# Thread: More Optimization and Modeling

1. ## More Optimization and Modeling

A rectangular beam is cut from a cylindrical log of radius 30 cm. The strength of a beam of width w and height h is proportional to $wh^2$. Find the width and height of the beam of maximum strength.

I'm not sure what to do to set this up... After the setup, It'll be easy.. I'll just take the derivative of the strength equation to maximize it...

All i have so far is $s = kwh^2$. I don't know how to write any other equations to help with writing one variable in terms of another for substitution.

EDIT:
I had one of those light bulbs pop up in my head while i was standing my the microwave waiting for my hot pockets to heat up

Here's my work... please check to see if i thought of the correct thing.

since r = 30, then d = 60.
the diameter is also a diagonal of the rectangle so:
$60^2 = h^2 + w^2$

Solve for h.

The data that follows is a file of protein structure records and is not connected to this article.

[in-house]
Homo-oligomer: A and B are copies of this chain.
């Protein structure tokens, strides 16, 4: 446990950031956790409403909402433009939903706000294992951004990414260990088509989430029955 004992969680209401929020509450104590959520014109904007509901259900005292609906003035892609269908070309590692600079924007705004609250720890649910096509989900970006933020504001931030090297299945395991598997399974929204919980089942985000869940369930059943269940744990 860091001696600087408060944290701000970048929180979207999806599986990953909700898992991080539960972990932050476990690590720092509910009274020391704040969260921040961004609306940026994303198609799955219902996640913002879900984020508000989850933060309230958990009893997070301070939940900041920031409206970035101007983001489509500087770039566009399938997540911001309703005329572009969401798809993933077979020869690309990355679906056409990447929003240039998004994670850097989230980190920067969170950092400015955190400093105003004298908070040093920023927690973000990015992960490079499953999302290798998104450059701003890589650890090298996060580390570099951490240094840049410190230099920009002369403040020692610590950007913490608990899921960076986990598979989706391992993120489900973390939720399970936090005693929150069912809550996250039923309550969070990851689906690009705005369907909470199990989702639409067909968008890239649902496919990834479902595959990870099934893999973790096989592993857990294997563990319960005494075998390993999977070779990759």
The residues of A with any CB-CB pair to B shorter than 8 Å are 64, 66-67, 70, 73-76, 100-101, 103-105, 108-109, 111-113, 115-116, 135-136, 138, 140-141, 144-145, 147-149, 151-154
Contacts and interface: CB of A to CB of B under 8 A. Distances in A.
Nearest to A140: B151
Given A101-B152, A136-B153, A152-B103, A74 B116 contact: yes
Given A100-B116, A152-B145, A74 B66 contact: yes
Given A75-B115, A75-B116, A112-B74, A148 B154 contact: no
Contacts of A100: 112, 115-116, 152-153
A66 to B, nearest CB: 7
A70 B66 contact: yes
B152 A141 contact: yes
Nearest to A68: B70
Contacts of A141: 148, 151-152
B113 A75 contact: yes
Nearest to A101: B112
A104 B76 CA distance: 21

$h = \sqrt{3600-w^2}$

Now, Since the strength function is $s = kwh^2$, I can substitute.
$s = kw(\sqrt{3600-w^2})^2$
$s = 3600kw - kw^3$

Now I will take the derivative and set it equal to 0 to find where the strength is maximized:
$s' = 3600k - 3kw^2 = 0$
$3k(1200-w^2)=0$
$w = \sqrt{1200}$

Now the 2nd derivative test to be certain it is a maximum.
$s'' = -6kw$
$s''(\sqrt{1200}) = -6k(\sqrt{1200})$ <---- negative, so it's a max.

Plug it back into the diagonal equation to get the height.
$60^2 = h^2 + (\sqrt{1200})^2$
$3600 = h^2 + 1200$
$2400 = h^2$
$h = \sqrt{2400}$

The dimensions should be $\sqrt{1200}\quad x \quad \sqrt{2400}$

How's this?

### optimization calculus beam strength

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